Comments on: Pakistan’s Islamist parties challenge weakening government Religion, faith and ethics Sat, 23 Apr 2016 23:25:07 +0000 hourly 1 By: Sumaira Wed, 11 May 2011 14:52:16 +0000 The use of religion to steer or control public sentiment is not a new tool. In fact, it’s one that is in the top drawer of almost every political leader who has ventured into the public domain or likewise, any military leader who has made such a foray. Mind you, we as a people, have never been adept at defining (or rather defiling) the fine line between religion and state. Just a quick glance at the Objectives Resolution and the Islamic Provisions of the 1973 Constitution would send any rational mind into a tailspin.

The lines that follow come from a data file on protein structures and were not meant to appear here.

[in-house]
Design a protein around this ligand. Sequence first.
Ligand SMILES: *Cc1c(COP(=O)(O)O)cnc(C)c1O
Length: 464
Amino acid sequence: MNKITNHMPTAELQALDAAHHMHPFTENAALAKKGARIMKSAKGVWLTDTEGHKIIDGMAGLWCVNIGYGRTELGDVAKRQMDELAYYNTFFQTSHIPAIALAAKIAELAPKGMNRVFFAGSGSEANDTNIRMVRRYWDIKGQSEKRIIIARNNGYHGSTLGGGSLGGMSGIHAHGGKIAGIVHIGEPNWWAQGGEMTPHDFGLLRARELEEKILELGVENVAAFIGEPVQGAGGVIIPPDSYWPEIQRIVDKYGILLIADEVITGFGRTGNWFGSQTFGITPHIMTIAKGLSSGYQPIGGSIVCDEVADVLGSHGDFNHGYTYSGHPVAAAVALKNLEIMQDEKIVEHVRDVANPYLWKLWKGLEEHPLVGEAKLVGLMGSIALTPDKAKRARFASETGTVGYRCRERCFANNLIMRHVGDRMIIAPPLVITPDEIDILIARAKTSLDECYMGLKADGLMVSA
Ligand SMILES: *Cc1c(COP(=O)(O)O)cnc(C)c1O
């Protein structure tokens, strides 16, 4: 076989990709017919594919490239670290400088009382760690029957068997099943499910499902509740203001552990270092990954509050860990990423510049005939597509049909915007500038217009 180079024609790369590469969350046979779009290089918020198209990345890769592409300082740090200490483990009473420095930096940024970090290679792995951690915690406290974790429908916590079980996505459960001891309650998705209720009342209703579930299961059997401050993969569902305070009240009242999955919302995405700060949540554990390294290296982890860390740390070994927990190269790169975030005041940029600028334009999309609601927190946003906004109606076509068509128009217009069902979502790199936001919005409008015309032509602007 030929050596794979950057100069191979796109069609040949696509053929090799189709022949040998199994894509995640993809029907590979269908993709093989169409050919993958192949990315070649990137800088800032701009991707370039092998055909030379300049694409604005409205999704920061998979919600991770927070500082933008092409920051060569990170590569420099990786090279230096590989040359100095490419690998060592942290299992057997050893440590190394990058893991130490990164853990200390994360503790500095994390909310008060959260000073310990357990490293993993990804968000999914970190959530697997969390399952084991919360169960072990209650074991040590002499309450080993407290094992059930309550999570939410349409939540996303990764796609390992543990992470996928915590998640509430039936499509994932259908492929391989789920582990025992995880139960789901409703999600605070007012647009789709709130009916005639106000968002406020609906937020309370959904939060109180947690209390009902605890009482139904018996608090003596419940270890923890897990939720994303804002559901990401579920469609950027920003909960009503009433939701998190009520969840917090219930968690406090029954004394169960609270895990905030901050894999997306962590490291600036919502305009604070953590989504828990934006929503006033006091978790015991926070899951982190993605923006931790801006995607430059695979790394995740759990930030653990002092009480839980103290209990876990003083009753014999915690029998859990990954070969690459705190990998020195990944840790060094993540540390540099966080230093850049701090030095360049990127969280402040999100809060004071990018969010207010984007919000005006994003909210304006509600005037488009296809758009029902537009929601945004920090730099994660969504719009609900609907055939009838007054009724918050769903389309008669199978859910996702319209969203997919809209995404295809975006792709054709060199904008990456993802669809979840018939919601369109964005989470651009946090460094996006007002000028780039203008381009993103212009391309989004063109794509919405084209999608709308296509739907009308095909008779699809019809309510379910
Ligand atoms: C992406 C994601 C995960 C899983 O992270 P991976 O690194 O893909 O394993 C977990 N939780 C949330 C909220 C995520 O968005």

Indeed, religious political parties have a long history of blackmailing people for support. For example, the MMA in the 2002 elections asked for people’s votes in the name of the Quran. Now, people are being blackmailed into supporting the killers of the late Mr. Taseer and Mr. Bhatti using the same half-baked ideas that are sold as divine truth. The religious right and its apologists – both in uniform and in the media – work on the lines of the Italian Mafia: “You hit me, we hit you”. Unfortunately, not many politicians and average Pakistanis have the moral courage to stand up to them. They would rather cower behind closed doors.